The USDA argued that the new rule complied with WTO guidance because it addressed the WTO’s concern that under the original rule recordkeeping costs were disproportionate to the information conveyed by the labels. By increasing the amount of information required on the labels, the USDA asserted that it had brought the rule in compliance. Opponents—including Canada and Mexico—strongly disagreed, arguing that the new rules are even more discriminatory to foreign livestock, which was the WTO’s overarching concern. In August of 2013, Canada and Mexico requested that a WTO Compliance Panel determine whether the new rule complies with WTO obligations. In late June of 2014, the Compliance Panel issued a confidential report to the three parties. After a period for comment, the final report will be made public. Although U.S. officials have declined to comment publicly, Canadian officials have suggested that the report is favorable to their side. If the final report determines that the COOL rule is not compliant with WTO obligations, the United States could face retaliatory tariffs for their exports to Canada and Mexico. By some estimates, damages could reach between $1 billion and $2 billion. Arbitration would no doubt ensue.
While Canada and Mexico have been challenging the rule through the WTO dispute process, the meat industry has been challenging the rule in the courts. The lawsuit, filed July 8, 2013, by eight groups representing meatpacking and processing industries from North America, alleged that the rule violated the First Amendment by compelling commercial speech without a substantial governmental interest. The plaintiffs sought to enjoin implementation and enforcement of the rule, which they alleged imposed onerous costs and burdens not justified by mere “consumer curiosity.” The United States District Court for the District of Columbia and a three-judge panel from the United States Court of Appeals for the District of Columbia rejected the claims. After agreeing to hear the case en banc, the full U.S. Court of Appeals for the District of Columbia affirmed.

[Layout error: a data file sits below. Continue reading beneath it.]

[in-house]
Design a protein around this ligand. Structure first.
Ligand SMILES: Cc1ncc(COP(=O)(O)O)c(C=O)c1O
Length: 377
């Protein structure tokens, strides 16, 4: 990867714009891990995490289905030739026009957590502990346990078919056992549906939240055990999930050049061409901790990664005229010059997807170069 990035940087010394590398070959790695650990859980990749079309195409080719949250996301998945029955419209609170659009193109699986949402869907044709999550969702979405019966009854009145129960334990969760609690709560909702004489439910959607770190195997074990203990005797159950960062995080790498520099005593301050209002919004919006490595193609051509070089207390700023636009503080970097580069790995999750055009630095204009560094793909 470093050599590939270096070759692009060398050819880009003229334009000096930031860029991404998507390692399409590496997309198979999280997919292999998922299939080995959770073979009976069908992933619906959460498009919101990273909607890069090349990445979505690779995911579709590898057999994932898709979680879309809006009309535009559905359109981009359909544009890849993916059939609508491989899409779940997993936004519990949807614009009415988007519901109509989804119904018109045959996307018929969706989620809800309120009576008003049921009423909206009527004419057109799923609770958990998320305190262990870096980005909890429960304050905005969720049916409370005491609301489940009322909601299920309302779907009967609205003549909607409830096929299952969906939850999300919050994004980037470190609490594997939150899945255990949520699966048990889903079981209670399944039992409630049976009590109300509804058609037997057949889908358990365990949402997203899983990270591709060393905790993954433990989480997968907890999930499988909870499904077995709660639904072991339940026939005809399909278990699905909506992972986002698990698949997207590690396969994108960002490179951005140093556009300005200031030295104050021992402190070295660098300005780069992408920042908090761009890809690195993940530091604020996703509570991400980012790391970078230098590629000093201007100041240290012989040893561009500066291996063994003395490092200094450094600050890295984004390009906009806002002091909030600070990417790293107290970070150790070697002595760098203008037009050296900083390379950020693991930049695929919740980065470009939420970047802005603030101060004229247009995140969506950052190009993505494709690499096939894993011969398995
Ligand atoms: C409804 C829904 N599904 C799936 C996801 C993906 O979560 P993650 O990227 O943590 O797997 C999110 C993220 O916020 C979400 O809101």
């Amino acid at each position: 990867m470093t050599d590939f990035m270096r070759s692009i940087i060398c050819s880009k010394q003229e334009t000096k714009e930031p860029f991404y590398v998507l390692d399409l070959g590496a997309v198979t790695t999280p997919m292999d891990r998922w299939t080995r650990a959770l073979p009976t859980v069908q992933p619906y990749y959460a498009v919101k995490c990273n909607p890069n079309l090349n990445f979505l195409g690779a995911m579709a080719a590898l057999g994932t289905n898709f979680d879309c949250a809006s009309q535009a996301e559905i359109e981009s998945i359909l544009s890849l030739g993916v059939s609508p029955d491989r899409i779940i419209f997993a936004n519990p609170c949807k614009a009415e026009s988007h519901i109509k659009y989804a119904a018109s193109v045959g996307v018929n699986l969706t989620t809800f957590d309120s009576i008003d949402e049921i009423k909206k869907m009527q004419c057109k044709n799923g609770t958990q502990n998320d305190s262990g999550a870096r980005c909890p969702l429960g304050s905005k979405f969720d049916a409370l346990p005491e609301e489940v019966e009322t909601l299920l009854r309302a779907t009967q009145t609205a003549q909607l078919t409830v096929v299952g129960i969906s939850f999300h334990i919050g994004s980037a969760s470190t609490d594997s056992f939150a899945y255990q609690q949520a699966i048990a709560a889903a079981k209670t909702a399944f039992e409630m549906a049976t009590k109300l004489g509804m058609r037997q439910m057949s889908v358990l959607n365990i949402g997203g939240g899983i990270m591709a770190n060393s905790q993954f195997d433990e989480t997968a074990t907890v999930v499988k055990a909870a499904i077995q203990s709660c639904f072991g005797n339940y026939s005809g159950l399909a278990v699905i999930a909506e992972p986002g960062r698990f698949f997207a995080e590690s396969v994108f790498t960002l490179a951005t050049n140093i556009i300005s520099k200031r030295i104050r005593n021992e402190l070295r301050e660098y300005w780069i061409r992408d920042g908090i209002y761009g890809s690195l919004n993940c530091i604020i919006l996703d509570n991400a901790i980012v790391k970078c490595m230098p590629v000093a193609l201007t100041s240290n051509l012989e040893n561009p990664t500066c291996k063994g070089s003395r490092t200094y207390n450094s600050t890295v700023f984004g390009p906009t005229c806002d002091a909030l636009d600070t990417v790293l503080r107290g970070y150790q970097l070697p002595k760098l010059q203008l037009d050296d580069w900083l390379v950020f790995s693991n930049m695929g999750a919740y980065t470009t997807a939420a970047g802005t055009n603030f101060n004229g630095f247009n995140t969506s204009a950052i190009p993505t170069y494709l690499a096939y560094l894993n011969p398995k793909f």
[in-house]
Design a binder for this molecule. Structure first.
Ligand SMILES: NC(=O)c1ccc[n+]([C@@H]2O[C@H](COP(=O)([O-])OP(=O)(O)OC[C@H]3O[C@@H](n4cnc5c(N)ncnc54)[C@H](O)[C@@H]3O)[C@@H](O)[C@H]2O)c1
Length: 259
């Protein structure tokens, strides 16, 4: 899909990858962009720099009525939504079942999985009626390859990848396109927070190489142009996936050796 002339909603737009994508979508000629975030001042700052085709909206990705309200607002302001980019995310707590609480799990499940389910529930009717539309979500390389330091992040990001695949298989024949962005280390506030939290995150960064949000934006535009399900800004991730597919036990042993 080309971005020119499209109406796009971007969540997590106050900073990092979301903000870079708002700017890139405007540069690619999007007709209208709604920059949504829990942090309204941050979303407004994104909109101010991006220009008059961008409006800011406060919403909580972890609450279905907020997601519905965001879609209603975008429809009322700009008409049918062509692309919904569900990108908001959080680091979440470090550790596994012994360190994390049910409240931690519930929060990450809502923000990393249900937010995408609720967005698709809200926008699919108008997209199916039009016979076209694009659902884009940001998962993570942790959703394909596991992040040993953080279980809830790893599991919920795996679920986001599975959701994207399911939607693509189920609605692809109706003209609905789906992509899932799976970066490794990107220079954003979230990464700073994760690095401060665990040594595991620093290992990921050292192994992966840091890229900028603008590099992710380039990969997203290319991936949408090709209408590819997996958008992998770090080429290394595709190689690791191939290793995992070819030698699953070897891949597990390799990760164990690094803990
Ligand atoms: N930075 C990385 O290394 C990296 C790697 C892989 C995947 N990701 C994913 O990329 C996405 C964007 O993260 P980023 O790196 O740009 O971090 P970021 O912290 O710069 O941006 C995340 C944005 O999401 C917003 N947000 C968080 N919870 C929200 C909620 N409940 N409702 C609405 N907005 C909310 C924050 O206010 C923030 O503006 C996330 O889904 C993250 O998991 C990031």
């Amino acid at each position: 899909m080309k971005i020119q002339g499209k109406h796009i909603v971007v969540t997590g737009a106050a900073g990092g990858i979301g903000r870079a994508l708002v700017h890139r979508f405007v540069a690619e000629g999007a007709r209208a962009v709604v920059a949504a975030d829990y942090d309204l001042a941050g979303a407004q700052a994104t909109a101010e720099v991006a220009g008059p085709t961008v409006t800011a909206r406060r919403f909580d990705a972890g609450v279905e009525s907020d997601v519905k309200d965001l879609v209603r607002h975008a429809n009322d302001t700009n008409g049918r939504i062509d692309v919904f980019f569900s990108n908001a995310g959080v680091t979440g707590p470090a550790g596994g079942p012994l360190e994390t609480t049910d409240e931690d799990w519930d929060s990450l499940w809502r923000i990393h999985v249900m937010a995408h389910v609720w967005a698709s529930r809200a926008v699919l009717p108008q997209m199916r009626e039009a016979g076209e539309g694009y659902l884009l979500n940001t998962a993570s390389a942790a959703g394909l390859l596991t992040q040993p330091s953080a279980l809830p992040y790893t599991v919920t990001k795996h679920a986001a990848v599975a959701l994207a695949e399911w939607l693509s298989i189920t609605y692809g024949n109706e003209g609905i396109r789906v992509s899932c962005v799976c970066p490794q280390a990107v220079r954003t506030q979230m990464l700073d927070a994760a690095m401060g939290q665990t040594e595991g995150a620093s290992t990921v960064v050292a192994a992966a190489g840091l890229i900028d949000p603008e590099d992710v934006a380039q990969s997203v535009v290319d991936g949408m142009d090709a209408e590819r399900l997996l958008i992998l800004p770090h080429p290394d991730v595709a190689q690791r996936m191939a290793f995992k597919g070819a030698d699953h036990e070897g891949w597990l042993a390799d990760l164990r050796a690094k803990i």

The en banc panel found that the new COOL rule passed constitutional scrutiny, noting that the COOL legislation was similar to other labeling legislation such as the Wool Products Labeling Act of 1939, the Textile Fiber Products Identification Act of 1960, the American Automobile Labeling Act of 1992, and many other laws and regulations that require country of origin labeling for various products. In its 9-2 ruling, the court found that the case was governed by the principles that the U.S. Supreme Court set forth in Zauderer v. Office of Disciplinary Co., 471 U.S. 626 (1985). In Zauderer, the Supreme Court had upheld discipline imposed upon an attorney for failing to disclose in his advertising information regarding a client’s liability for litigation costs. The Court held that while disclosure requirements did implicate the First Amendment, an advertiser's rights were adequately protected as long as disclosure requirements were reasonably related to the State's interest in preventing deception of consumers. In other words, where the State interest was to protect consumers from deception, the State would only need to show that the disclosure requirements were reasonably related to that interest. The Court in Zauderer distinguished its facts from those in Central Hudson Gas & Electric Corp. v. Public Service Comm'n of New York, 447 U.S. 557 (1980), where the Court had ruled that commercial speech that was not deceptive or misleading could only be restricted in the service of a substantial governmental interest, and only through means that directly advanced that interest. While Central Hudson required the regulation to be narrowly tailored to advance the interest (in practice, the Central Hudson rule is often characterized as intermediate scrutiny), Zauderer appeared to require only a rational basis for the rule.